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  • Writer's pictureElpidio Pezzella

We Preach Christ

"For we do not preach ourselves, but Christ Jesus the Lord, and ourselves your bondservants for Jesus’ sake."

(2 Corinthians 4:5 NKJV)

This statement by Paul extrapolated from a larger address to the Corinthians though simple is an effective and clear summary of the selfless nature of Christian service, and of the individual believer's commitment to the proclamation of Christ that has nothing to do with personal promotion. This saying opens with the emphasis that this ministry, assignment has been entrusted to us exclusively by divine mercy. To this he adds an awareness of our humanity, speaking of self and others as "earthen vessels" that contain precious treasure. How wonderful to discover how a servant of Paul's caliber speaks without hiding his own human frailty, but uses it to highlight the extraordinary power of the entrusted Gospel. Only those with a humble heart, and for an earthen vessel it should not be otherwise, direct their attention to Christ and forsake all subterfuge (v. 2) by taking care to share God's truth openly and transparently. I am convinced that this applies to believers of all times, and thus to us as well, to anyone who preaches or witnesses to faith in God.

If humility is lacking, one will seek one's own glory, in a presumptuous and specious manner, not sparing the illicit use of deceptive and manipulative techniques, in order to achieve one's own fleshly self-interest. With our modest example of vessels filled with His word instead, we want to strive to share God's message without any artifice. I do not care what circulates on the Net where self-promotion reigns, I dare to shout from my place that it is time to bring back the emphasis on the message and not the messenger. As disciples of the Master we have a clear goal: to be able to reflect Christ in our lives and ministries by placing Him at the center of everything we do. The channels may change, but the water must remain the same, clear and pure as it proceeds from the Lord through the Word, and above all "alive," generating life and not bringing death (John 7:38).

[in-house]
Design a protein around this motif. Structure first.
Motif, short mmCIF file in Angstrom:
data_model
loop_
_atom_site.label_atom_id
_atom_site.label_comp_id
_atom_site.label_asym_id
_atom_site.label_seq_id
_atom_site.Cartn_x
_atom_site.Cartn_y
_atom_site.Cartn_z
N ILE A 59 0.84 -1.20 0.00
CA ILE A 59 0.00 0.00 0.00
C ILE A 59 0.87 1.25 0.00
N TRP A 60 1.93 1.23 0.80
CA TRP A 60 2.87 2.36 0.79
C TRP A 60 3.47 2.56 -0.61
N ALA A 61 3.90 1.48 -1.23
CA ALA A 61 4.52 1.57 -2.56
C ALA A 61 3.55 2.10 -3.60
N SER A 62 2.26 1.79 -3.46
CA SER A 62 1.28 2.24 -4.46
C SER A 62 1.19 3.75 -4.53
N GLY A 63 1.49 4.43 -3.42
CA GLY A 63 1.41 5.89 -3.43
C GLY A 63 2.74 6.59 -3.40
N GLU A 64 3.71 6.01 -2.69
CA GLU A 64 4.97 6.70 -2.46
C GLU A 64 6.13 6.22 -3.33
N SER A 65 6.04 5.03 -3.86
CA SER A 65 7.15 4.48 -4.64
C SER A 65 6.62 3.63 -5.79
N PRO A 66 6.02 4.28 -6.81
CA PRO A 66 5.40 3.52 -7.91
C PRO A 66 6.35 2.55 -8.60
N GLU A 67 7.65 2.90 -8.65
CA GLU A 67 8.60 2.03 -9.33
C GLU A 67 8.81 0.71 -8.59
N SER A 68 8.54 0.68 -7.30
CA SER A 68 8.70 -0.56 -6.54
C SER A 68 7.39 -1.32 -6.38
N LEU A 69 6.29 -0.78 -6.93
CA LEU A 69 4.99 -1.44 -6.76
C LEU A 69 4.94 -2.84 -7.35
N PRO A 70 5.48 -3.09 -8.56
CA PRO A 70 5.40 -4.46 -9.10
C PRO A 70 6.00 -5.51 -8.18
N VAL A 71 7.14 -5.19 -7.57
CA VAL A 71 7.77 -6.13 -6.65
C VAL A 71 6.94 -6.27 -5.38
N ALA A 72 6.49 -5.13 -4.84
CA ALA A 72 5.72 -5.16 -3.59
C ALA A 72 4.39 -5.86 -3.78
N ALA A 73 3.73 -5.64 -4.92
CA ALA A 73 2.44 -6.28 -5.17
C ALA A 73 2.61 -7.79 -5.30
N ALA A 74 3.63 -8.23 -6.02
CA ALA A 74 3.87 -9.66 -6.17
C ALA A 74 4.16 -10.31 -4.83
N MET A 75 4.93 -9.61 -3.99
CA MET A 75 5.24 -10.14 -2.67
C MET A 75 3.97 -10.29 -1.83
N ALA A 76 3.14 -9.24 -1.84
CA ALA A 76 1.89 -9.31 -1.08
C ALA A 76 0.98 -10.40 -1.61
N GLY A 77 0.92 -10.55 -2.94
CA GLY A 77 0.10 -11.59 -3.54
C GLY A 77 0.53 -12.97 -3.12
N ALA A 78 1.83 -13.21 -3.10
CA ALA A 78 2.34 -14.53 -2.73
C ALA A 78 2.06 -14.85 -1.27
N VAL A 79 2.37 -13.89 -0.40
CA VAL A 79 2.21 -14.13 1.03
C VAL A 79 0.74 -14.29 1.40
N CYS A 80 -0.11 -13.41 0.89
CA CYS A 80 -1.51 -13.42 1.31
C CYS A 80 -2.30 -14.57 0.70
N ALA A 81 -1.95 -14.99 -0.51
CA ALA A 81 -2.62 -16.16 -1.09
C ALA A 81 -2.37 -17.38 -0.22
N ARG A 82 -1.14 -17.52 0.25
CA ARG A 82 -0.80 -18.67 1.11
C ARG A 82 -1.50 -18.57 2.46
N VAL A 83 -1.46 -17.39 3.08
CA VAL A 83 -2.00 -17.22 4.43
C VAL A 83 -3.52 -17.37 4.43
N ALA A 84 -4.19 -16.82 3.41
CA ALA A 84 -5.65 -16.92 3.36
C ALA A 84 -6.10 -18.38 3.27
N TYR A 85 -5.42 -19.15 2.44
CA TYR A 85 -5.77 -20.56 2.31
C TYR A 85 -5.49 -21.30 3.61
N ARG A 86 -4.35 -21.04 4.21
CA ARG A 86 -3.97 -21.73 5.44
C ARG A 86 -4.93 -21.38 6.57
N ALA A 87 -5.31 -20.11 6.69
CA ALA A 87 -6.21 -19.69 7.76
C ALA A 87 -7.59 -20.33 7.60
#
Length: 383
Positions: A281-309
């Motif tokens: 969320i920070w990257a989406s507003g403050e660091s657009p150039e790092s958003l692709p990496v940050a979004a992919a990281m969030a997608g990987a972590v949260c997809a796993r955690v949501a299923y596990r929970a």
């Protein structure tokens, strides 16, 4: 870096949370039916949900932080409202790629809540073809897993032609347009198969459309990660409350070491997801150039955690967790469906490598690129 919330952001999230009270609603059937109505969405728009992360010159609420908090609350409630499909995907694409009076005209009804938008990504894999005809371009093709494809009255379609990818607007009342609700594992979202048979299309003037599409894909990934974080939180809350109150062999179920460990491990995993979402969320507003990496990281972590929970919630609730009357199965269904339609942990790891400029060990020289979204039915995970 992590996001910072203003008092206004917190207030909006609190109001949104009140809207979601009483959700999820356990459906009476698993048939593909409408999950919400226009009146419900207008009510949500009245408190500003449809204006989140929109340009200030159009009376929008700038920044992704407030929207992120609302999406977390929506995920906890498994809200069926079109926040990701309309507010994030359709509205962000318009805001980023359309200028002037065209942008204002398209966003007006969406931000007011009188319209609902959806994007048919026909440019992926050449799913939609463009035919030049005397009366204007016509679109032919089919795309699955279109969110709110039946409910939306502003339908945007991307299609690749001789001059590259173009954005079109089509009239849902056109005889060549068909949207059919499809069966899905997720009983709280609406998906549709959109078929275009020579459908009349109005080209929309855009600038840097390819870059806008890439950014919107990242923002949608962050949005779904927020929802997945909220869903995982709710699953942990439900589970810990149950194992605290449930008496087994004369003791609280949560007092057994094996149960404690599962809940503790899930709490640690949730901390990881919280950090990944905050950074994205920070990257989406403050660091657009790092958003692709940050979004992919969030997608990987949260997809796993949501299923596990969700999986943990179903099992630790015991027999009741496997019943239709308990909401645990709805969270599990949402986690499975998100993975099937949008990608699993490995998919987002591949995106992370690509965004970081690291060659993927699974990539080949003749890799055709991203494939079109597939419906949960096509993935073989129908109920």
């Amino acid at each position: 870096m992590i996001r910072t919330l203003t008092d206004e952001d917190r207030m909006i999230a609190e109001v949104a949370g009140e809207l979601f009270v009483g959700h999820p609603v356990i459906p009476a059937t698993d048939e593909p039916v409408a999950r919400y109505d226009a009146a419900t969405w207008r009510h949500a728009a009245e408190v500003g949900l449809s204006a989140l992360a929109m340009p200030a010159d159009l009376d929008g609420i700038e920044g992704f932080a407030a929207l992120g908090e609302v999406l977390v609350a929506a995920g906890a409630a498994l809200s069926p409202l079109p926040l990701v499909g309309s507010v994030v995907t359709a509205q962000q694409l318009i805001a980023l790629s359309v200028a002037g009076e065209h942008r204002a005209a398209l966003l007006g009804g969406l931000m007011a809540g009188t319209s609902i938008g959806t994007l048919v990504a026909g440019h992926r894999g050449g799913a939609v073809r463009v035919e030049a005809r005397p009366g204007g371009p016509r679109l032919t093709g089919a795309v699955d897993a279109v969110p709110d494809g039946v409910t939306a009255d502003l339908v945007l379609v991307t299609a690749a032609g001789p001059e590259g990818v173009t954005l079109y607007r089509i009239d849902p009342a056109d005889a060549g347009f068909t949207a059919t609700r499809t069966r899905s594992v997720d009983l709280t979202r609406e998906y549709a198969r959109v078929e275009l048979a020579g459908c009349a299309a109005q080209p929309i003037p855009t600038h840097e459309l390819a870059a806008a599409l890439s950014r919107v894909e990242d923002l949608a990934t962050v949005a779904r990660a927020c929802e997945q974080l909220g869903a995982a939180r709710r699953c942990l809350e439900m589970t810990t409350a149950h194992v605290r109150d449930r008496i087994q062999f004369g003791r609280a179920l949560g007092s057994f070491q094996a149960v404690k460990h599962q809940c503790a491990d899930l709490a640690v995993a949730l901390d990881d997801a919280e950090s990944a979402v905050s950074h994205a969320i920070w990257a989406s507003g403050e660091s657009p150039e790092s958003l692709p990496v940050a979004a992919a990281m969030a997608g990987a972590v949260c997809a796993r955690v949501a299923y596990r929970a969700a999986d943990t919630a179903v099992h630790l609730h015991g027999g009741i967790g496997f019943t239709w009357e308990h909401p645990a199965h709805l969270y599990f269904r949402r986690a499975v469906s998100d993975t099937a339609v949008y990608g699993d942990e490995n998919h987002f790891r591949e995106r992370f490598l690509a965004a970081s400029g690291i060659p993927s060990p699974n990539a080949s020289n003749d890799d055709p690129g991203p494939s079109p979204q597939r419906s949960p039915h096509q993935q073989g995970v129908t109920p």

As Cotton Mather (1726) stated, "the great object and intention of the office of the preacher is to restore the throne and dominion of God in souls." Consequently, preaching should be nothing more than the proclamation of good news by a messenger sent by God, according to what Romans 10:14-15 declares. Perhaps we should ask ourselves what is the good news we are proclaiming. The prophet Isaiah comes to us. "How beautiful on the mountains are the feet of the messenger of good tidings, who proclaims peace, who brings good tidings of good things, who proclaims salvation, who says to Zion, "Your God reigns!"" (52:7). The peace and salvation preached are encapsulated in the expression "Your God reigns." Similar invocation left us Jesus in the prayer par excellence, "Thy kingdom come" (Matthew 6:10). The purpose of preaching is to kindle in the heart of the hearer a desire for submission to the authority of God, who rules sovereignly and has made His glory accessible through Jesus' death on the cross. Indeed, the cross is God's power to crucify pride, both of the preacher and those who listen. The goal remains to glorify Christ rather than ourselves.

I know how difficult it is sometimes to stand in the pulpit and share a message. We also have our own load of various problems and afflictions, a family and what it entails; we are subject to various criticisms and discouragement can numb the purest water. Paul also knew affliction, being perplexed, persecuted or cast down (2 Corinthians 4:8-9). I thank God for never leaving me without a message and for those who support me with prayer. Aware of what you must be feeling, I address to you from my heart the words of this Pauline exhortation, "I charge you therefore before God and the Lord Jesus Christ, who will judge the living and the dead at His appearing and His kingdom: Preach the word!" (2 Timothy 4:1-2a).


Weekly Bible Reading Plan # 09

February 26, Numbers 12-14; Mark 5:21-43

February 27, Numbers 15-16; Mark 6:1-29

February 28, Numbers 17-19; Mark 6:30-56

March 01, Numbers 20-22; Mark 7:1-13

March 02, Numbers 23-25; Mark 7:14-37

March 03, Numbers 26-28; Mark 8

March 04, Numbers 29-31; Mark 9:1-29

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